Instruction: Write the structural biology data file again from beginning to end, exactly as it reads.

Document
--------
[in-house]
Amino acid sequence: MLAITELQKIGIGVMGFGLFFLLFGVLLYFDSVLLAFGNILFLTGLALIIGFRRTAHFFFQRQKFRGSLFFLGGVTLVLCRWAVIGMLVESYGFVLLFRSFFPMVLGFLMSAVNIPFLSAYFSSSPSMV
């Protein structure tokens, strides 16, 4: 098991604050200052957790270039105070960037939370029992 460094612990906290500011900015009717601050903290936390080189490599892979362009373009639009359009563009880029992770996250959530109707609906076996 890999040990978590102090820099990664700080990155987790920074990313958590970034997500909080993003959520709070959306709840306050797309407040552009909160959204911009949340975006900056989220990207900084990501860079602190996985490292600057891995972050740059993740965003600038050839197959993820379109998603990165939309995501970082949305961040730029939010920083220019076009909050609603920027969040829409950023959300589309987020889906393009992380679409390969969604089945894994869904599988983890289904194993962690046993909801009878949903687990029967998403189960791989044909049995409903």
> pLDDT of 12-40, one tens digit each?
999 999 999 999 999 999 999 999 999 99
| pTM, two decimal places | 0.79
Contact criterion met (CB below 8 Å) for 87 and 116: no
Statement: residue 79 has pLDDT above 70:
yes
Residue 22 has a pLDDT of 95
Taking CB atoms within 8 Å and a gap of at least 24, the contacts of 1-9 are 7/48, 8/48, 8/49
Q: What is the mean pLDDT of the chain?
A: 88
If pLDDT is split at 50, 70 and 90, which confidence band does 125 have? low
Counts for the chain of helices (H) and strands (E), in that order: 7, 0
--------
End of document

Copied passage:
[in-house]
Amino acid sequence: MLAITELQKIGIGVMGFGLFFLLFGVLLYFDSVLLAFGNILFLTGLALIIGFRRTAHFFFQRQKFRGSLFFLGGVTLVLCRWAVIGMLVESYGFVLLFRSFFPMVLGFLMSAVNIPFLSAYFSSSPSMV
């Protein structure tokens, strides 16, 4: 098991604050200052957790270039105070960037939370029992 460094612990906290500011900015009717601050903290936390080189490599892979362009373009639009359009563009880029992770996250959530109707609906076996 890999040990978590102090820099990664700080990155987790920074990313958590970034997500909080993003959520709070959306709840306050797309407040552009909160959204911009949340975006900056989220990207900084990501860079602190996985490292600057891995972050740059993740965003600038050839197959993820379109998603990165939309995501970082949305961040730029939010920083220019076009909050609603920027969040829409950023959300589309987020889906393009992380679409390969969604089945894994869904599988983890289904194993962690046993909801009878949903687990029967998403189960791989044909049995409903």
> pLDDT of 12-40, one tens digit each?
999 999 999 999 999 999 999 999 999 99
| pTM, two decimal places | 0.79
Contact criterion met (CB below 8 Å) for 87 and 116: no
Statement: residue 79 has pLDDT above 70:
yes
Residue 22 has a pLDDT of 95
Taking CB atoms within 8 Å and a gap of at least 24, the contacts of 1-9 are 7/48, 8/48, 8/49
Q: What is the mean pLDDT of the chain?
A: 88
If pLDDT is split at 50, 70 and 90, which confidence band does 125 have? low
Counts for the chain of helices (H) and strands (E), in that order: 7, 0